These days it seems like our nation is being driven by a bunch of hard-to-control corporations, hell-bent on doing whatever they want in pursuit of every penny of profit, no matter what the cost to the rest of us. But, if you own stock in those corporations, you can join other stockholders to tell them to clean up their act. It’s called shareholder activism.
Funding Exchange has a long history of shareholder activism, having been part of the movement for divestment in South Africa. Earlier this year, we joined with a group of over 40 institutional investors, led by Walden Asset Management and AFSCME, to introduce a set of shareholder resolutions to 40 companies urging them to move away from business-as-usual.
This particular set of resolutions would require these corporations to report on lobbying expenditures, including indirect funding of lobbying through trade associations. The resolutions will be taken up at annual meetings over the course of this year. Want the details? You can see the full list of shareholder allies and the corporations we introduced resolutions to.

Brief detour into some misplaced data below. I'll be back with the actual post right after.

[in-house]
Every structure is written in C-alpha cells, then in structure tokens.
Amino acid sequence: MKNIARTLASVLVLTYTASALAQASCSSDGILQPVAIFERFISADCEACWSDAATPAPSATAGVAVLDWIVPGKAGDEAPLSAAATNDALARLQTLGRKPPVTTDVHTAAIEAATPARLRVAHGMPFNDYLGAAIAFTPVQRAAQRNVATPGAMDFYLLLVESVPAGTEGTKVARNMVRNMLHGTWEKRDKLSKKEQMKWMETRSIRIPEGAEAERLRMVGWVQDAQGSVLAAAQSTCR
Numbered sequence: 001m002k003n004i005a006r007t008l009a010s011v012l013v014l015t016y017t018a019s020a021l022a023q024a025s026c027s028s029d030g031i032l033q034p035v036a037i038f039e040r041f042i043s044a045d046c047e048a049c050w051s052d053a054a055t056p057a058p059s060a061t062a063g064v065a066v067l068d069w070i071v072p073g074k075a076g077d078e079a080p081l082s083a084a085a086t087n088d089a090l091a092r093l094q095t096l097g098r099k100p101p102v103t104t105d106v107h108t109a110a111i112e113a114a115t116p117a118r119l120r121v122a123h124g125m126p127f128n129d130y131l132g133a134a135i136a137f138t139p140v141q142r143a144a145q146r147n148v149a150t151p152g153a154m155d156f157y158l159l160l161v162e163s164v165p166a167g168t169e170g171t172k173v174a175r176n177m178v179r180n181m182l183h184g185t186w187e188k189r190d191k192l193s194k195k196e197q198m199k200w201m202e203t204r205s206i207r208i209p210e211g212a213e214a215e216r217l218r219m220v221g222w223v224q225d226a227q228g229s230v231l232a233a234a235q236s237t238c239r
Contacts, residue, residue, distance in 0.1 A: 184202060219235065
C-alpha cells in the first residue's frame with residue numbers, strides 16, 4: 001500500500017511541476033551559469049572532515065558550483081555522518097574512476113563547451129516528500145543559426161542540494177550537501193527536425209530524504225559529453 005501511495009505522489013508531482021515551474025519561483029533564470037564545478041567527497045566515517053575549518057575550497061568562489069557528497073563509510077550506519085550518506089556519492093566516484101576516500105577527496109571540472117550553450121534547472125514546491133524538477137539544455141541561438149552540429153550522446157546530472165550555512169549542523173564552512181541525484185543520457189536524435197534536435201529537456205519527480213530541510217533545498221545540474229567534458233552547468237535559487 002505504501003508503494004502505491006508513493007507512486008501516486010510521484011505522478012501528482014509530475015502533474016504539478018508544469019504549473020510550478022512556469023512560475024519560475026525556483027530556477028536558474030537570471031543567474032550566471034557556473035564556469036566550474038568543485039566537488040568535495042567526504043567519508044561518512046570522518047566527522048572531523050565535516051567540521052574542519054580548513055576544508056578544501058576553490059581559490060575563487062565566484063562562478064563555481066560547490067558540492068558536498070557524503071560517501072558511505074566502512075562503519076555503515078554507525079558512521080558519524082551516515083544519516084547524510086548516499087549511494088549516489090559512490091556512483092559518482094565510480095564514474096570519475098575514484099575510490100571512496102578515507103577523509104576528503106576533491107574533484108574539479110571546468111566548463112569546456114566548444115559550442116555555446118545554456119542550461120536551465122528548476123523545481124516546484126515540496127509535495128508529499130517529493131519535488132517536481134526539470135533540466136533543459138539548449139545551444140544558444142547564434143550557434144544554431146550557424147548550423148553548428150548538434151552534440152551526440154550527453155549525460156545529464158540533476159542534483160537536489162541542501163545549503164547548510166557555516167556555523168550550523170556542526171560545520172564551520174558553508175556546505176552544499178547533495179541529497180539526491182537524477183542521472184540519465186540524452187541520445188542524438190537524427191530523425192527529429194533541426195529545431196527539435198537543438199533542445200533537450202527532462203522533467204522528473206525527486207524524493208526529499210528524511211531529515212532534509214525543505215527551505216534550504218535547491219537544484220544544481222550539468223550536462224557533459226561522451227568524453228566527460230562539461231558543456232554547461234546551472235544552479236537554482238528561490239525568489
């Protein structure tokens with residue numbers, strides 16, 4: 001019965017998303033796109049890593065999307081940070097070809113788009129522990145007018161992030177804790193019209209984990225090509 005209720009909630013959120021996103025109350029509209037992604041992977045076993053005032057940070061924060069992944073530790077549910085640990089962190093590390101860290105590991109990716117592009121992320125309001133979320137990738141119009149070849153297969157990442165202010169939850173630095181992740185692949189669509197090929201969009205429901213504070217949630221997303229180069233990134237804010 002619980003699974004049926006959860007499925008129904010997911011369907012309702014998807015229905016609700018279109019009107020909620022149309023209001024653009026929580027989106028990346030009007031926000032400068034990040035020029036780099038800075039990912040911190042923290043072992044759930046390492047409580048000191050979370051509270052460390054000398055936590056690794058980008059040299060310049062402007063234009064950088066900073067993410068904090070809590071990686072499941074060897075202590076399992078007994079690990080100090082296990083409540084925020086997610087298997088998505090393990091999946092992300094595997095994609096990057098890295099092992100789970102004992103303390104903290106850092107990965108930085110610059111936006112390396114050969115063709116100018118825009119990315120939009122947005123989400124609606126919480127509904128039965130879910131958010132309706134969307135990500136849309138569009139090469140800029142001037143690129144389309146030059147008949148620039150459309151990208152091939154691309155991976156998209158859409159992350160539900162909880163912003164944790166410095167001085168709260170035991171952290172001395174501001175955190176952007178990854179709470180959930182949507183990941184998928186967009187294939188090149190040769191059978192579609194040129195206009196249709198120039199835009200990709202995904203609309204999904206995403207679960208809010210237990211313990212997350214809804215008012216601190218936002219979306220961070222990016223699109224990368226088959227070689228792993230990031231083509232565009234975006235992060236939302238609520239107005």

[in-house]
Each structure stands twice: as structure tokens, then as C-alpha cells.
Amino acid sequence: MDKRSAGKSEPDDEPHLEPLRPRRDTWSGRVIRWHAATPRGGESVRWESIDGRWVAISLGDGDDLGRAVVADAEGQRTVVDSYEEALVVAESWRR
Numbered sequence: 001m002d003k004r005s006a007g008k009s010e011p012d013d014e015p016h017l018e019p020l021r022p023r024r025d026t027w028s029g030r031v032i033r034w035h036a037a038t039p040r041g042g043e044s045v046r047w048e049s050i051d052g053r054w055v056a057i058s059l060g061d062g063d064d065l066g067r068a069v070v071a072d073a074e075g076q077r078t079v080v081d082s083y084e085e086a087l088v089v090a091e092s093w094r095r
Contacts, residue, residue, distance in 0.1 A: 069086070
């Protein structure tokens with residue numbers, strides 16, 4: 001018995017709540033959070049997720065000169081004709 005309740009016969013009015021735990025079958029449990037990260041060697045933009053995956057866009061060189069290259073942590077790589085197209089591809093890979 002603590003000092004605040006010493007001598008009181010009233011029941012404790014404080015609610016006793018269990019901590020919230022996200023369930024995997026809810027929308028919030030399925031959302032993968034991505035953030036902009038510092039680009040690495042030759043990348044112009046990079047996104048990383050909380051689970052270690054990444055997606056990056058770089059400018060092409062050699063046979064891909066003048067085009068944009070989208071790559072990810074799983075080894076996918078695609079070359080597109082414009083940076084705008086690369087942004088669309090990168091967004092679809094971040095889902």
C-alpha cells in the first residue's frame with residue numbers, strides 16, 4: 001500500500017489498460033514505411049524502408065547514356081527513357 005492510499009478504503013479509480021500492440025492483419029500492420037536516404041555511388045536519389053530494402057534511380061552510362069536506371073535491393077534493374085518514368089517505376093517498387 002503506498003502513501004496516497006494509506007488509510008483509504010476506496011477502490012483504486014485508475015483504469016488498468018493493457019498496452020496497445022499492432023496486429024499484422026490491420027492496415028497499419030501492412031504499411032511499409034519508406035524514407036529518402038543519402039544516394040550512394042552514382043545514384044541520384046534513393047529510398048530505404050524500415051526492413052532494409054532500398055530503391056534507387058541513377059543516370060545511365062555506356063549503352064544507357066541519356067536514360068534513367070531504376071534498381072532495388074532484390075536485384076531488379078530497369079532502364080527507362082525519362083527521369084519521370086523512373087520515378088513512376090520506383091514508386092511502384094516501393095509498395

These resolutions will give us important tools to curb outrageous lobbying expenditures by corporations. The more we understand how The U.S. Chamber of Commerce, for example, raises the $132 million it spends on lobbying each year, the more easily we can ask corporations to stop giving our money to them.
The runaway nature of corporate lobbying is why this particular resolution has attracted such widespread support from our allied organizations within philanthropy, labor and even some religious investors. In late May, the Wall Street Journal ran an article condemning these resolutions as perhaps leading to a loss of “free speech rights” for corporations. (I could live with that on my conscience.)
Shareholder activism allows us to take on any number of corporate issues – probably the only thing these issues will have in common is that it will take a bunch of us working together to succeed.
If you have donor advised funds held at Funding Exchange, you’re already a shareholder activist – we reviewed this opportunity and moved quickly to be a part of it. This story will continue to unfold over 2012 as the resolutions are taken up at annual meetings, so stay tuned for updates.
Owning even a small amount of stock gives us a stake in the company and the ability to force some level of corporate accountability. Once you are a shareholder, you have a vote, it’s just a question of how you use it.